It was a well-done piece overall. But it ended with a bolded CTA that jumped out of nowhere:

And when you get married in Boston, make sure you stay at the Boston Superior Inn. Contact us now to get a reduced rate for wedding parties.

Really? So soon?

If someone is researching whether to get married in Boston, odds are they’re not even sure what city they want to get hitched in yet. The wedding date might be a year away still, so there’s a very low chance of them ever contacting a hotel about their rates at that stage of the planning process.

So why put so much emphasis on getting the booking?

Instead, close with a CTA that has an engagement-focused goal rather than going for the ultimate conversion.

For example, you might ask the reader to sign up for your newsletter to get access to exclusive group rates as soon as they’re available. Here’s how the folks over at Tablet do it:

Tablet

Or ask them to simply have a look at your hotel’s ‘wedding’ page to get more ideas.

Focusing a call to action on driving people to related content can move them deeper into your website, helping them form a stronger connection with your brand. Here’s an example from a Best Western blog post about staying in shape while travelling:

Best Western

Pick a CTA that will motivate your readers

If you’re stumped on what your top calls to action should be, think about why the reader clicked on the article in the first place. What type of information were they looking for?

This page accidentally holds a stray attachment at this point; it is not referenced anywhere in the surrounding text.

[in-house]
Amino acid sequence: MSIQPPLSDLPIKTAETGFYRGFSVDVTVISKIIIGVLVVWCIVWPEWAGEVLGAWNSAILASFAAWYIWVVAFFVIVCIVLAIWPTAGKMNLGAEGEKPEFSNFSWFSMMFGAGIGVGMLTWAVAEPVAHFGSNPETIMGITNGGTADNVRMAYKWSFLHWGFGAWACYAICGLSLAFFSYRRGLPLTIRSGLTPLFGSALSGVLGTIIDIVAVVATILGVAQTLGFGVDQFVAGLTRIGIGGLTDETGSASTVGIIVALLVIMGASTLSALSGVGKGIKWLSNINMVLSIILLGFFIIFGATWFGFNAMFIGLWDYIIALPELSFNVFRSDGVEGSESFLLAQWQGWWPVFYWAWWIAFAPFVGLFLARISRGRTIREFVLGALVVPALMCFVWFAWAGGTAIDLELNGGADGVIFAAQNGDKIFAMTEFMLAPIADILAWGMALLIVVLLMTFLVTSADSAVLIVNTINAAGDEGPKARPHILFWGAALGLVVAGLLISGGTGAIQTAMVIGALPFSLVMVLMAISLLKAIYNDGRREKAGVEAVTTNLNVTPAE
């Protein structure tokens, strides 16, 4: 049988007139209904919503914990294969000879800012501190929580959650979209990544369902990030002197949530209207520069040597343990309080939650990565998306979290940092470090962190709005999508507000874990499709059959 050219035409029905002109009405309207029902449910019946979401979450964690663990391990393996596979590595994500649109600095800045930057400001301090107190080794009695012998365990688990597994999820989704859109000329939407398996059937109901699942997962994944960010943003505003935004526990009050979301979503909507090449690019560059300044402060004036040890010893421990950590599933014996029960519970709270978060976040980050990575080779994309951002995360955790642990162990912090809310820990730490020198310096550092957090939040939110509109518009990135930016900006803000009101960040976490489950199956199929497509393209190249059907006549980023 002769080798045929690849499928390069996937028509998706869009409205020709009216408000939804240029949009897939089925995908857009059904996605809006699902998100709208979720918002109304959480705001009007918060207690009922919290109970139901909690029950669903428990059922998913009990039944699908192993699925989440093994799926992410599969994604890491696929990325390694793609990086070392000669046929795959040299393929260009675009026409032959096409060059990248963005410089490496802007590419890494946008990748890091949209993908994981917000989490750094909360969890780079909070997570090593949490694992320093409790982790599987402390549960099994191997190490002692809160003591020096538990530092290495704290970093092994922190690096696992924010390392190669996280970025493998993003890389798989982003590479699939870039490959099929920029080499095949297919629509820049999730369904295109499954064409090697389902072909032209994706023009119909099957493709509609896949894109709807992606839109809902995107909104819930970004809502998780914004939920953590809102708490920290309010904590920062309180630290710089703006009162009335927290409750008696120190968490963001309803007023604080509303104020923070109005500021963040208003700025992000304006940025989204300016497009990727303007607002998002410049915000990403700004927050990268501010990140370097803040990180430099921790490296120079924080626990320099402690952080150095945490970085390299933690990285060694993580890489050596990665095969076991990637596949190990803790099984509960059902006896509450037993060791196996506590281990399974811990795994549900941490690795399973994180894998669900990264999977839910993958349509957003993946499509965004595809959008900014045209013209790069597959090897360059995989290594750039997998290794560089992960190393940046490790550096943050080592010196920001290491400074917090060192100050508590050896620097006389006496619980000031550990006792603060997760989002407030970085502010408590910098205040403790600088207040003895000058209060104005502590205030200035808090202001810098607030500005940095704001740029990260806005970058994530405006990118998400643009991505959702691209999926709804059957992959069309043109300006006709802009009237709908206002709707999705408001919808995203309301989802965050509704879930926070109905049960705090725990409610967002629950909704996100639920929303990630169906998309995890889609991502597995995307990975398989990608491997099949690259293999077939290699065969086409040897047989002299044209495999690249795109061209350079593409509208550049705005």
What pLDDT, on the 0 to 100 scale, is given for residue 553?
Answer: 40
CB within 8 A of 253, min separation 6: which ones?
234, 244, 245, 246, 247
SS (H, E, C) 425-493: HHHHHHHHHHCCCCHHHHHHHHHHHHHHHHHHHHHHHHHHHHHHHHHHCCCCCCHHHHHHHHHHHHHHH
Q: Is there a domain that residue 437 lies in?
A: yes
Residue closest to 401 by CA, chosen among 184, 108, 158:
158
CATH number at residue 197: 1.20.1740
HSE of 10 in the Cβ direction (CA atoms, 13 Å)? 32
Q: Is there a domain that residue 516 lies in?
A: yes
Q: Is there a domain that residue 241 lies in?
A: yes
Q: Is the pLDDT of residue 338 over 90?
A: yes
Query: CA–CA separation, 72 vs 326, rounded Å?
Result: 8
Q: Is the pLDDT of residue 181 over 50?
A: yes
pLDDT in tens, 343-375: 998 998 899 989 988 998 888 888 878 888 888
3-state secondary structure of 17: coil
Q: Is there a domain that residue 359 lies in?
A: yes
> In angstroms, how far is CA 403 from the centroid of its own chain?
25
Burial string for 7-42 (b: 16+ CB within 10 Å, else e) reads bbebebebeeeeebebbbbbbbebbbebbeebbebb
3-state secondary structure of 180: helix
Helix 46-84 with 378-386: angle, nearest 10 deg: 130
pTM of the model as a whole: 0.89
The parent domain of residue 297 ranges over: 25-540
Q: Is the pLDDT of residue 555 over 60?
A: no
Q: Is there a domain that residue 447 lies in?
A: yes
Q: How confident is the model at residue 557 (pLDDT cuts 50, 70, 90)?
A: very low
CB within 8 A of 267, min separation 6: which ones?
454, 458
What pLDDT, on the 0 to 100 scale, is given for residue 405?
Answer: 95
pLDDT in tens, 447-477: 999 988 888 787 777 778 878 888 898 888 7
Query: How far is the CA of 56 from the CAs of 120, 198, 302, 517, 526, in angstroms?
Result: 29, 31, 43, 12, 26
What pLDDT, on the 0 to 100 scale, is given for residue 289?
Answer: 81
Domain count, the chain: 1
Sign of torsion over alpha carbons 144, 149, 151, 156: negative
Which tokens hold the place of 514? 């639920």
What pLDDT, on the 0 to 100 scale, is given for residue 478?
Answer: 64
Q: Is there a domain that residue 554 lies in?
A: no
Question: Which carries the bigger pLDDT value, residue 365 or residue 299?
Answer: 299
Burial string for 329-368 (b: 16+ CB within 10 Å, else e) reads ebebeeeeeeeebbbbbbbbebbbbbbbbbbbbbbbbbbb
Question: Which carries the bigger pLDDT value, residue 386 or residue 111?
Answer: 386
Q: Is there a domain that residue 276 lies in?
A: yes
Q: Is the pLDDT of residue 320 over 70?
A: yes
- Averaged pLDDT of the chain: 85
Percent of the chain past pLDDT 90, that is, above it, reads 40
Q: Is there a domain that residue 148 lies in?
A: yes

Google Analytics data and surveys like Qualaroo can help you get to the bottom of this. Once you know why they arrived, you can give them a CTA that matches what they’re looking for while also helping achieve specific online marketing goals.

You might consider asking your readers to…

  • Leave a comment about the article
  • Share the post on social media
  • Sign up for your newsletter
  • Click through to a related page on your website
  • Send an e-mail with a question they have
  • Vote on a poll or take a survey

Now, we haven’t even gotten into how to actually craft a strong call to action for your blog post. That’s an entire article in itself. But here are 3 quick tips to get you started:

  1. Don’t hold back: tell the reader exactly what they should do next. Be clear and be very specific.
  2. Ensure they understand what benefits they’ll get out of taking the next step. Will they receive more travel tips? Access to special deals? A free city guide?
  3. Make your CTA tough to miss. Use bold text, graphics or a subhead to snatch readers’ attention.

But most of all, make sure that the call to action is relevant to what the blog post is about. Readers should want to take the action you’re suggesting.

Otherwise, your CTA could come across as just more marketing white noise — rather than a helpful suggestion from a trusted local expert.

Dustin Walker
Dustin Walkerhttp://www.jetcopywriting.com/
Dustin Walker is a conversion-focused copywriter and content marketer who specializes in the travel industry. Hoteliers and travel marketers should check out his new content writing service – Jet.